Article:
- 1776, “Chap. XVII. Of Theft.”, in Nathaniel Brassey Halhed, transl., A Code of Gentoo Laws, or, Ordinations of the Pundits, […], London: [s.n.], OCLC 906287501, section II (Of the Fines for Open Theft), page 244:
- If a Man, proffering to ſell Grain for Seed, ſhould ſell Grain which is not fit for Seed, the Magiſtrate ſhall chaſtiſe him, and take a Fine according to the Offence.
- 1816, Thomas Malory, “How King Arthur, after that He had Achieved the Battle against the Romans, Entered into Almaine, and so into Italy”, in Alexander Chalmers, editor, The History of the Renowned Prince Arthur, King of Britain; with His Life and Death, and All His Glorious Battles. […] In Two Volumes, volume I, London: Printed for Walker and Edwards; […], OCLC 616084, page 171:
- Thou proud knight, what profferest thou me so boldly? here gettest thou no prey; thou mayest prove when thou wilt, for thou shalt be my prisoner, or thou depart.
- 1823, [James Fenimore Cooper], chapter II, in The Pioneers, or The Sources of the Susquehanna; a Descriptive Tale. [...] In Two Volumes, volume I, New York, N.Y.: Published by Charles Wiley; J. Seymour, printer, OCLC 1076549695, page 24:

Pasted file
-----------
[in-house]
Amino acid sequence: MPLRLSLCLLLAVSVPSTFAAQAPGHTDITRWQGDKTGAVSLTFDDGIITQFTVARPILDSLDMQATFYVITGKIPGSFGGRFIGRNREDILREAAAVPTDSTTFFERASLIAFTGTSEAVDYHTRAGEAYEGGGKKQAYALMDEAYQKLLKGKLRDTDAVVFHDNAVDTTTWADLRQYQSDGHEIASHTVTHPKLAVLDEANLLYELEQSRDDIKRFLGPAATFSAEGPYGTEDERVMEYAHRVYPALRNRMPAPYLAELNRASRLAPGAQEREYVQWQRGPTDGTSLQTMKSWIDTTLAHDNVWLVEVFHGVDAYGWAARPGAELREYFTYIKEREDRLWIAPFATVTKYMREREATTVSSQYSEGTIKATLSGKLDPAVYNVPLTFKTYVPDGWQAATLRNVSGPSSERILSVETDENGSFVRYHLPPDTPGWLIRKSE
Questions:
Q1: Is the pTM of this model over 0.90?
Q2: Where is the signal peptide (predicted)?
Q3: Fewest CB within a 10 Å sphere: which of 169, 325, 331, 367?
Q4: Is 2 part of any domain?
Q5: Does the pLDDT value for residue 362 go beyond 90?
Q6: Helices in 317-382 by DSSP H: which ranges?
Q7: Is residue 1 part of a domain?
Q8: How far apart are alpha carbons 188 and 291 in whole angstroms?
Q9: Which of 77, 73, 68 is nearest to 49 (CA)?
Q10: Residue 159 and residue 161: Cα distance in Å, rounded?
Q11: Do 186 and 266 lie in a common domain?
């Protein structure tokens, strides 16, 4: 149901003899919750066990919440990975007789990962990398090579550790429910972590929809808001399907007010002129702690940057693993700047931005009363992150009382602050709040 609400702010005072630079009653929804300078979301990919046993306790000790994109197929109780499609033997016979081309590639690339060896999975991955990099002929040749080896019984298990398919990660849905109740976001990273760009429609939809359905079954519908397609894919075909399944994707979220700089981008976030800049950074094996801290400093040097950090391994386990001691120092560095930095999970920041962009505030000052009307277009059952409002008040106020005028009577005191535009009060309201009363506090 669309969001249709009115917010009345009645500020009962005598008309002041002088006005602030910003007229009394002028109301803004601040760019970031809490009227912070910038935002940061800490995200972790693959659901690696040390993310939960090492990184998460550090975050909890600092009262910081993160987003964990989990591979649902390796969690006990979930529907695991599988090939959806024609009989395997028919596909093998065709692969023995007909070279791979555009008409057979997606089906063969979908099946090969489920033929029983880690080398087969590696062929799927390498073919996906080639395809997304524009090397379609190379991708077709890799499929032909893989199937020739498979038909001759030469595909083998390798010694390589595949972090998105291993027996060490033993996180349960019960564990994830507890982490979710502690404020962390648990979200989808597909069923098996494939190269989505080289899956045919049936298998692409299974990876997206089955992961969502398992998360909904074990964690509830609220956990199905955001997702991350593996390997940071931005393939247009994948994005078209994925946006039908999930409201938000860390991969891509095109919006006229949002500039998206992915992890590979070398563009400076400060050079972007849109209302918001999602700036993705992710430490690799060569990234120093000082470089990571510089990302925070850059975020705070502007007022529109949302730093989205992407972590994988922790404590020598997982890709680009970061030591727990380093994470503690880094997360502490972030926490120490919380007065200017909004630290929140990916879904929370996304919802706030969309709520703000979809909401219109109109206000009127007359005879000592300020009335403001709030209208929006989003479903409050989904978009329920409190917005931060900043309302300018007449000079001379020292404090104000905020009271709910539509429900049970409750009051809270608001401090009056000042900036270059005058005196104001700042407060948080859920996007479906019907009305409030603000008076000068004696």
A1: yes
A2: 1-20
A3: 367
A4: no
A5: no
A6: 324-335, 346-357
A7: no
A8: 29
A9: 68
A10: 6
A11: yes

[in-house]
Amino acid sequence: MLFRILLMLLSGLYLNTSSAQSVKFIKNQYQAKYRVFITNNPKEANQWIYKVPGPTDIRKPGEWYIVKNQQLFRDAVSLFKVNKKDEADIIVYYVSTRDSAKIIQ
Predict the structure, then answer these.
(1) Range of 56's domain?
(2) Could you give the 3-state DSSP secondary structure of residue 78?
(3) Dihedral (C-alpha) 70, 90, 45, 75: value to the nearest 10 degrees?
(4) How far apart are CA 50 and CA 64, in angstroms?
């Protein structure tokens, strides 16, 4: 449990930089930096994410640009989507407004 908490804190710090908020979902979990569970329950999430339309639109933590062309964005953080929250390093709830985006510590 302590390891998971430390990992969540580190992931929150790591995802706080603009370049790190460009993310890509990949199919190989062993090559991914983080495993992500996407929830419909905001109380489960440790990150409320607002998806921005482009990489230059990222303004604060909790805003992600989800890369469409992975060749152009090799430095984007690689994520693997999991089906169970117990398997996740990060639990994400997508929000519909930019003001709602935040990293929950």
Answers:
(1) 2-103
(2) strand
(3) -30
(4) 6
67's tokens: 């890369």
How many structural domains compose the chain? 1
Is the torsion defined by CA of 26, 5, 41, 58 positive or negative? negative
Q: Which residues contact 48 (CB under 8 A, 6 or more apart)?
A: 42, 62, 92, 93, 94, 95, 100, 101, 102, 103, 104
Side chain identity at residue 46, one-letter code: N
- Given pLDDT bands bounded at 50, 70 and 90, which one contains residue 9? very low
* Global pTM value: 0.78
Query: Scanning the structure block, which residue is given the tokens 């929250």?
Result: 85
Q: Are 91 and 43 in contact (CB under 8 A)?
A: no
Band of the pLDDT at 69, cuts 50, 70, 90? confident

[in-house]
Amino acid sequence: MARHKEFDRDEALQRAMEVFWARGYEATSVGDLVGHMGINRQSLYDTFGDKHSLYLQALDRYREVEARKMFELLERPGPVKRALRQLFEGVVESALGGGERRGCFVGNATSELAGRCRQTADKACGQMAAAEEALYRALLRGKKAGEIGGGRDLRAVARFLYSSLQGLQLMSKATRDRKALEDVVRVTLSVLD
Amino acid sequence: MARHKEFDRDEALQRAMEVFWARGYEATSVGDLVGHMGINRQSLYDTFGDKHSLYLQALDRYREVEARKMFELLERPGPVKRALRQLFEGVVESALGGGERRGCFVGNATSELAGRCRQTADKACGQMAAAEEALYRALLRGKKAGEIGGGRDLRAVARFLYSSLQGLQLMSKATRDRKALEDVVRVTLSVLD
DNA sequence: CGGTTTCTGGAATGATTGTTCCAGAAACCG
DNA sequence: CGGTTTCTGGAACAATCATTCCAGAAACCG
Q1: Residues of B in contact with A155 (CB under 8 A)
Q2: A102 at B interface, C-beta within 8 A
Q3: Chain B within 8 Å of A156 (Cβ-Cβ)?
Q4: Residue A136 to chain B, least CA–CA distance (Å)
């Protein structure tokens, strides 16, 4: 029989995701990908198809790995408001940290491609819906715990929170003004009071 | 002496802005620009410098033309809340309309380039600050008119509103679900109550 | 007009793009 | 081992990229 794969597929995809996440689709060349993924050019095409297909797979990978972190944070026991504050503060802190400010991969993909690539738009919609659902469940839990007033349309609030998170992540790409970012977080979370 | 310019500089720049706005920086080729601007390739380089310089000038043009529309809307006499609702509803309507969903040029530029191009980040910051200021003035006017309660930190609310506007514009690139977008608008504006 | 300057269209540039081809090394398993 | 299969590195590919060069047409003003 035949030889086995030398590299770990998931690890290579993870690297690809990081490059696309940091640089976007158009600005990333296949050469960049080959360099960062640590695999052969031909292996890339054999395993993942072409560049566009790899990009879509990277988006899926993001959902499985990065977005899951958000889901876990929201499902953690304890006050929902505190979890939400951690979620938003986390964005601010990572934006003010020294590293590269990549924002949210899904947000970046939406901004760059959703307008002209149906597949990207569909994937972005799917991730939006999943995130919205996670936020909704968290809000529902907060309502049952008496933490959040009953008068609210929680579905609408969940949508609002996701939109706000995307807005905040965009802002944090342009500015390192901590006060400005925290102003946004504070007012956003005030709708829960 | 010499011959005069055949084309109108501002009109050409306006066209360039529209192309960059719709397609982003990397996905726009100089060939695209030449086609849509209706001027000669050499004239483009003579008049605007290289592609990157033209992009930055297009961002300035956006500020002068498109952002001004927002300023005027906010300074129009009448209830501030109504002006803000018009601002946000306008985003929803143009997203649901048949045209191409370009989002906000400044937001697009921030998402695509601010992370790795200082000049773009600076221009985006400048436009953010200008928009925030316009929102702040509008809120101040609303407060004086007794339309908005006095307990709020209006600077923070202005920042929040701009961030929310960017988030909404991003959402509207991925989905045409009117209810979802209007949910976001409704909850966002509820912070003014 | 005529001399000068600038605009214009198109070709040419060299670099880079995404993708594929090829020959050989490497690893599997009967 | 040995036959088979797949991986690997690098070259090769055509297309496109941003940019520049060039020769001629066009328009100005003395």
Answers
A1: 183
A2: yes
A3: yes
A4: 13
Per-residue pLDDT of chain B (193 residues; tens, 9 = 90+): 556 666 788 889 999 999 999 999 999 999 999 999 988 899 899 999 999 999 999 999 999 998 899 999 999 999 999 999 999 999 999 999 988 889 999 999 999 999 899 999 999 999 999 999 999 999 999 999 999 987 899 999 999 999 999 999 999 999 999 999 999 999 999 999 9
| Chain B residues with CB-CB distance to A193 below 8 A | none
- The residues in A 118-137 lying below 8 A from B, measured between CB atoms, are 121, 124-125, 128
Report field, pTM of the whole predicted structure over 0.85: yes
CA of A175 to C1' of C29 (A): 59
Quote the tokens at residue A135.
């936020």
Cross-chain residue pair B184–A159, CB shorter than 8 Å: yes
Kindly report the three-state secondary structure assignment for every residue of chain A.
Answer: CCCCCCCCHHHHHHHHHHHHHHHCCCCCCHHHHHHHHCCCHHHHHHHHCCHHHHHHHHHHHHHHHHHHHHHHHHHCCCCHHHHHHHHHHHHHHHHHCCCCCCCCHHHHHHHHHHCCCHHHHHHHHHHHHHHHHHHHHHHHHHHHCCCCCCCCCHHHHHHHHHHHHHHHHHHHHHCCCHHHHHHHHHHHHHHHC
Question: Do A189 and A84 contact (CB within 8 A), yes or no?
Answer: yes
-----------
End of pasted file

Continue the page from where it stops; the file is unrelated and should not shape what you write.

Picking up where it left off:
- The ministry proffered various civil offices, which yielded not only honour but profit; but he declined them all, with the chivalrous independence and loyalty that had marked his character through life.
- 1843, William H[ickling] Prescott, chapter III, in History of the Conquest of Mexico, with a Preliminary View of the Ancient Mexican Civilization. And the Life of the Conqueror, Hernando Cortes, volume I, author’s authorised edition, London: George Routledge and Sons, OCLC 929793366, book III (March to Mexico), page 153:
- They were to assure the strangers of a free passage through the country, and a friendly reception in the capital. The proffered friendship of the Spaniards was cordially embraced, with many awkward excuses for the past. The envoys were to touch at the Tlascalan camp on their way, and inform Xicotencatl of their proceedings. They were to require him, at the same time, to abstain from all further hostilities, and to furnish the white men with an ample supply of provisions.